Day 13: At sea towards Antarctica
Enormous icebergs and a fair chance of fin whale sightings ensure there's never a dull moment on this last sea voyage south. In addition, your best chance of spotting Antarctic Petrels is here.
Days 14-17: Antarctic Peninsula
If the ice permits, you will now sail into the Weddell Sea through the ice-clogged Antarctic Sound. Huge tabular icebergs will announce the arrival to the eastern side of the Antarctic Peninsula. You might visit Brown Bluff where you may be able to step foot on the Continent. In good sailing conditions, the time in the Weddell Sea may be extended.
If the conditions aren't favourable to enter the Weddell Sea from the east, the ship will set course for Elephant Island and head into the Bransfield Strait, between South Shetland Island and the Antarctic Peninsula. Here you can attempt to access the Antarctic Sound from the northwest.
The breathtaking scenery continues in the southern Gerlache Strait, and if ice conditions allows, we may even reach Lemaire Channel.
Days 18-19: At sea towards Ushuaia
As you make your way north you are again followed by a great selection of seabirds while crossing the Drake Passage – making for a far from lonely return voyage.
Day 20: Ushuaia
Arrive in Ushuaia in the morning and disembark after breakfast.
NOTE: This itinerary is for guidance only as each voyage will vary depending on ice and weather conditions, and opportunities to see wildlife. Flexibility is key and all part of the adventure of an expeditionary cruise.
What our customers think
All staff and crew were brilliant at handling the Zodiac excursions. We particularly enjoyed having expedition staff driving the boat on excursions as they were able to talk to us about what we were seeing. We loved doing the Shackleton Hike - the crew brought his story to life for us in many ways.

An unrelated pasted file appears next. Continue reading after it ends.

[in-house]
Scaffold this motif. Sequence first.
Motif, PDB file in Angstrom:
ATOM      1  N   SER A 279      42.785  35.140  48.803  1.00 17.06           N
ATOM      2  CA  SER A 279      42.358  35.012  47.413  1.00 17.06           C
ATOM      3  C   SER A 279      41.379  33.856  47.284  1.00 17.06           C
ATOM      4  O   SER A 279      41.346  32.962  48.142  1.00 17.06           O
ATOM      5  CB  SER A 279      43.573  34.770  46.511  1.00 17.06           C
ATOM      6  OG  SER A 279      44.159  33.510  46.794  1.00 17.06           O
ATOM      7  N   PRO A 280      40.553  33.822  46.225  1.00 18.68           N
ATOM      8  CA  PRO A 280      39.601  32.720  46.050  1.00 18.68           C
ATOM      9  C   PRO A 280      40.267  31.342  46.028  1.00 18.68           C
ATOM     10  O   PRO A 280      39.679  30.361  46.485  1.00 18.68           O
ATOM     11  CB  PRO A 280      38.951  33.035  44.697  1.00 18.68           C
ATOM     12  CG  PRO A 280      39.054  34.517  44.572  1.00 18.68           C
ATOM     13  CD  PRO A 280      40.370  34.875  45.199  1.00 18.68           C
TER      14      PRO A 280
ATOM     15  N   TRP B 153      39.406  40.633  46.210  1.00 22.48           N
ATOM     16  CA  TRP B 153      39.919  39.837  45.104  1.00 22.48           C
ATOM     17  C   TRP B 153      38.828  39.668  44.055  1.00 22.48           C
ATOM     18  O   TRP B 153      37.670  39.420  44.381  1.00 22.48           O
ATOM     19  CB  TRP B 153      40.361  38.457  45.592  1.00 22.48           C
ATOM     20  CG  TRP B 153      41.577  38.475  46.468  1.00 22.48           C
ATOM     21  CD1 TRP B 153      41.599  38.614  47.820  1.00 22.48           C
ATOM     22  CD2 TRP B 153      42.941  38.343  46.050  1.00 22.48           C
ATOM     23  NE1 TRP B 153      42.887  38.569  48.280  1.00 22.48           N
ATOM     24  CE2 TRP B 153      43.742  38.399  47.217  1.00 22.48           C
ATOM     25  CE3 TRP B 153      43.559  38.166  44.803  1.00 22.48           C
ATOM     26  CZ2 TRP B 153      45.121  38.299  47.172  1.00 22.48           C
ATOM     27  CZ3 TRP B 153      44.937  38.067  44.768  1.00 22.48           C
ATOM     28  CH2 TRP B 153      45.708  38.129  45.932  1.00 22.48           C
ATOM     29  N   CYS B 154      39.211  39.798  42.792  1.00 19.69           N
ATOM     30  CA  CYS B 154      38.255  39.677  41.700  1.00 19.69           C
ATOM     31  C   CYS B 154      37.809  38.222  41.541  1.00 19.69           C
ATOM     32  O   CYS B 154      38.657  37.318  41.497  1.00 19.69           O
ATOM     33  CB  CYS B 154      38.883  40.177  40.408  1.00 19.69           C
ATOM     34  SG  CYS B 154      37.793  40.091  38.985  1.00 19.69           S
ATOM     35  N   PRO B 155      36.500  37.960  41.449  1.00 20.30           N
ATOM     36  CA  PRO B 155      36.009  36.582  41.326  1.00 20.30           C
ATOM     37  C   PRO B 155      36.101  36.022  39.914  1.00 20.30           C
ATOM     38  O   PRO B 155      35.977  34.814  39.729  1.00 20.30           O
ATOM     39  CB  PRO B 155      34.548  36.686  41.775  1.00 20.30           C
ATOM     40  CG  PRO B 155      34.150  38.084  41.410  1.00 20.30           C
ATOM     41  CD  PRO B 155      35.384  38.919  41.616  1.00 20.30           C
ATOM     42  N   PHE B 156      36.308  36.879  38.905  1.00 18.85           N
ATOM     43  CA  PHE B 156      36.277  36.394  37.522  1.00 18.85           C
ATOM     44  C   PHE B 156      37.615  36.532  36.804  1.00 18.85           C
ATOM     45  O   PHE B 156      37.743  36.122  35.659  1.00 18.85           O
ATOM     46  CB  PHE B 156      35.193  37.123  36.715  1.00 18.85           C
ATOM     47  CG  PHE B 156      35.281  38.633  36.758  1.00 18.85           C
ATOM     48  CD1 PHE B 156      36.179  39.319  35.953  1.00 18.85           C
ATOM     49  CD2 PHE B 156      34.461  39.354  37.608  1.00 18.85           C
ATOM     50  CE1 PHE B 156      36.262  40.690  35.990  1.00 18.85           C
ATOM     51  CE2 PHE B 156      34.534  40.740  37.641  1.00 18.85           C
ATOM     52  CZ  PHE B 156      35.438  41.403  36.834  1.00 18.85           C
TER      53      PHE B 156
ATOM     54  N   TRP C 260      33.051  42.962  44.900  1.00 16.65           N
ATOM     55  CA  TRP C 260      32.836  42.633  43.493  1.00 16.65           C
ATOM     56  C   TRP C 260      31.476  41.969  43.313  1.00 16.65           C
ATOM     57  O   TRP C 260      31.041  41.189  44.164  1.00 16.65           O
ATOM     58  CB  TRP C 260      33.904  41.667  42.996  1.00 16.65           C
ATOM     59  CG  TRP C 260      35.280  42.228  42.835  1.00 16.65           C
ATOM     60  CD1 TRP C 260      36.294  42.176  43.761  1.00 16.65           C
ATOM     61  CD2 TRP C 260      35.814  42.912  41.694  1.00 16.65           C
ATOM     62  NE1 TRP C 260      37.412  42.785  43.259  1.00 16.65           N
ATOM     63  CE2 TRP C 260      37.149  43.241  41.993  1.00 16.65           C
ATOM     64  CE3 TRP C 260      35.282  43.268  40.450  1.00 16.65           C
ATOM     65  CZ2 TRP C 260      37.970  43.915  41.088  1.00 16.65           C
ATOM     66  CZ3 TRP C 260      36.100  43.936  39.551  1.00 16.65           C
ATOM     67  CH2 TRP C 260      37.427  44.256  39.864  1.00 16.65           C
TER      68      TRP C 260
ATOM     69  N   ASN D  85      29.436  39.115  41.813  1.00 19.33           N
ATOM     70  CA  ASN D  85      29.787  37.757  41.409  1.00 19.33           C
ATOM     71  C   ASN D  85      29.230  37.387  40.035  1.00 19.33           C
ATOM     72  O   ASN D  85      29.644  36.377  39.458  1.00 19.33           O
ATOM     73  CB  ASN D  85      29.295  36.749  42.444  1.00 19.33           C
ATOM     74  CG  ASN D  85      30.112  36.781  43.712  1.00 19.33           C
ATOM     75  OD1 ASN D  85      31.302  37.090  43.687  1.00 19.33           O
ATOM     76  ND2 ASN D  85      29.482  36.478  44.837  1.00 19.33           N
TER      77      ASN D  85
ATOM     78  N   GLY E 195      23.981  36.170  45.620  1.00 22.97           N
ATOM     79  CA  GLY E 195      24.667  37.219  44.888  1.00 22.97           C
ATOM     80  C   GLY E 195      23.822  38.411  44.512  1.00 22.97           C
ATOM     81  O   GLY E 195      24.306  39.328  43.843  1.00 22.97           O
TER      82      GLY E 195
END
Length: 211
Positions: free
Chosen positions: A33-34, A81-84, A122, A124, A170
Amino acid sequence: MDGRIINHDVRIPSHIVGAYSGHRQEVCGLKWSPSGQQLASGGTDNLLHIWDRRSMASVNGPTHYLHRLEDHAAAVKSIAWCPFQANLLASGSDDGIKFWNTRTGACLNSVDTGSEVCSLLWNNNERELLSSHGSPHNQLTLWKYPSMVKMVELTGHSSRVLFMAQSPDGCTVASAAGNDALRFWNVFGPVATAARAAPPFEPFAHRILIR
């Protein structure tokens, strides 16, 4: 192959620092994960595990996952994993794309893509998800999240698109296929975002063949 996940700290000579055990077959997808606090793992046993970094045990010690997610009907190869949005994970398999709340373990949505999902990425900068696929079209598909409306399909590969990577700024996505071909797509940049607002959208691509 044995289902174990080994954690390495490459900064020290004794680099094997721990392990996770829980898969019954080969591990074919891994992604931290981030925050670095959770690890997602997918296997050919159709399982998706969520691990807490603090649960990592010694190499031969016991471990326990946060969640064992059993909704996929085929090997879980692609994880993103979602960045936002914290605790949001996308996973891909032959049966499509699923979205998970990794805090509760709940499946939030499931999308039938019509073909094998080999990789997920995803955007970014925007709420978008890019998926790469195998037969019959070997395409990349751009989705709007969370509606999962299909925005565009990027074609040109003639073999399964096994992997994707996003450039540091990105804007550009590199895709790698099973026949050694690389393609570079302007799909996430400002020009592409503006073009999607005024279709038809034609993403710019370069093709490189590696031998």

Colin & Jacqui, UK November 2017
It was a fabulous trip, something I had dreamt of doing since the late 1960's. I was absolutely thrilled by the whole package and experience. A personal experience of exploration and learning which I will always treasure.
Rae, New Zealand December 2017
Expedition staff were excellent! The icebergs were unbelievable and we were stunned by the glaciers. Penguins caught my heart and I loved the many species of penguins and other birds.
Susan & Jay, Washington December 2017
We saw an amazing amount of wildlife, seven penguin species and four whale species. Walking on an ice floe in the Weddell sea was perfect.
David & Jill, UK November 2017
About The Ship
- A 3-4* expedition vessel for 116 guests
- Contemporary feel after 2009 re-build
- A quiet diesel-electric propulsion system
- 1D ice class rating
- Kayaking, camping, mountaineering, hiking
- Rubber boots are provided on loan
I like this ship’s modern, contemporary styling - comfortable without being fussy - and her quiet engine.
Alex Mudd Polar Specialist
Prices, Departures and Inclusions
Prices quoted below are per person based on 2 people sharing. Cabin availability changes all the time so please contact us for up-to-date details and information on specific cabin availability.
* Note: Prices are per person. Paid in EUR (€) - figure above is based on today's exchange rate. Actual cost €10650
- The 30-Nov-2019, 16-Dec-2019 and 19-Jan-2020 voyages are 19 days long.
- The 24-Feb-2020 and 24-Feb-2021 voyages are 23 days long, spending 3 extra days exploring the South Shetlands and the northern tip of the Antarctic Peninsula before crossing the Antarctic Circle.
Single Supplement And Child Policy
For those travelling solo and want their own cabin, the single supplement is 1.7 times the cost of a single berth, please contact us for details. However, there is no single supplement for passengers willing to share a cabin.
Children aged 3 years old or over are welcome. On select departures, children under 16 may receive a 40 % discount, please contact us for details
- Voyage aboard the vessel as indicated in the itinerary
- Accommodation & meals during the voyage on full board
- All shore excursions and zodiac activities
- Educational lectures by expert onboard polar guides
- Access to an onboard doctor and basic medical services
- Loan of rubber boots for the voyage's duration
- Comprehensive pre-departure information
- Port taxes & any entry fees to landing sites (except additional fees for museums in Port Stanley, Falklands)
- 100Mb internet
- Flights to & from points of embarkation/disembarkation
- Any additional pre/post land services, including meals
- Transfers not specified in the itinerary
- Optional adventure activities (e.g. diving)
- Visa, passport and any vaccination expenses
- Airport arrival or departure taxes
- Personal Travel insurance
- Items of a personal nature - laundry, beverages, etc
- Customary staff gratuity at the end of the voyage
- Additional onboard purchases (i.e. gift shop)